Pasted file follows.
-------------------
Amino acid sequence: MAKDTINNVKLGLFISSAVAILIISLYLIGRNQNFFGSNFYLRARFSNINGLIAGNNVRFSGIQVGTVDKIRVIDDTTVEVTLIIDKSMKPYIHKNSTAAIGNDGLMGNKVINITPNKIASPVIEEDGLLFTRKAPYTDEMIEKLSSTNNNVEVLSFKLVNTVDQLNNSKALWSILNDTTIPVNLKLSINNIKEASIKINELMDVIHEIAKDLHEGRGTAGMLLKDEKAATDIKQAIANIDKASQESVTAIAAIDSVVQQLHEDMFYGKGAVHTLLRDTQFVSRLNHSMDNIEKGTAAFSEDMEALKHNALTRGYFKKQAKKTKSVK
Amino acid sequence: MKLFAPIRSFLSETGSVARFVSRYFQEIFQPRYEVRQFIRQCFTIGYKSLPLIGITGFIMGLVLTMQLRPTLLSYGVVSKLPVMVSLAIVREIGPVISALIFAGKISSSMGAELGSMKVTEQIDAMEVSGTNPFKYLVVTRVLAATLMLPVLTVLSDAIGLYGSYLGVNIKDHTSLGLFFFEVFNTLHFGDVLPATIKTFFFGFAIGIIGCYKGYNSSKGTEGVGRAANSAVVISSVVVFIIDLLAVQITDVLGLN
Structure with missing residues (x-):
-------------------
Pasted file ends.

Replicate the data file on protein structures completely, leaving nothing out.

Amino acid sequence: MAKDTINNVKLGLFISSAVAILIISLYLIGRNQNFFGSNFYLRARFSNINGLIAGNNVRFSGIQVGTVDKIRVIDDTTVEVTLIIDKSMKPYIHKNSTAAIGNDGLMGNKVINITPNKIASPVIEEDGLLFTRKAPYTDEMIEKLSSTNNNVEVLSFKLVNTVDQLNNSKALWSILNDTTIPVNLKLSINNIKEASIKINELMDVIHEIAKDLHEGRGTAGMLLKDEKAATDIKQAIANIDKASQESVTAIAAIDSVVQQLHEDMFYGKGAVHTLLRDTQFVSRLNHSMDNIEKGTAAFSEDMEALKHNALTRGYFKKQAKKTKSVK
Amino acid sequence: MKLFAPIRSFLSETGSVARFVSRYFQEIFQPRYEVRQFIRQCFTIGYKSLPLIGITGFIMGLVLTMQLRPTLLSYGVVSKLPVMVSLAIVREIGPVISALIFAGKISSSMGAELGSMKVTEQIDAMEVSGTNPFKYLVVTRVLAATLMLPVLTVLSDAIGLYGSYLGVNIKDHTSLGLFFFEVFNTLHFGDVLPATIKTFFFGFAIGIIGCYKGYNSSKGTEGVGRAANSAVVISSVVVFIIDLLAVQITDVLGLN
Structure with missing residues (x-):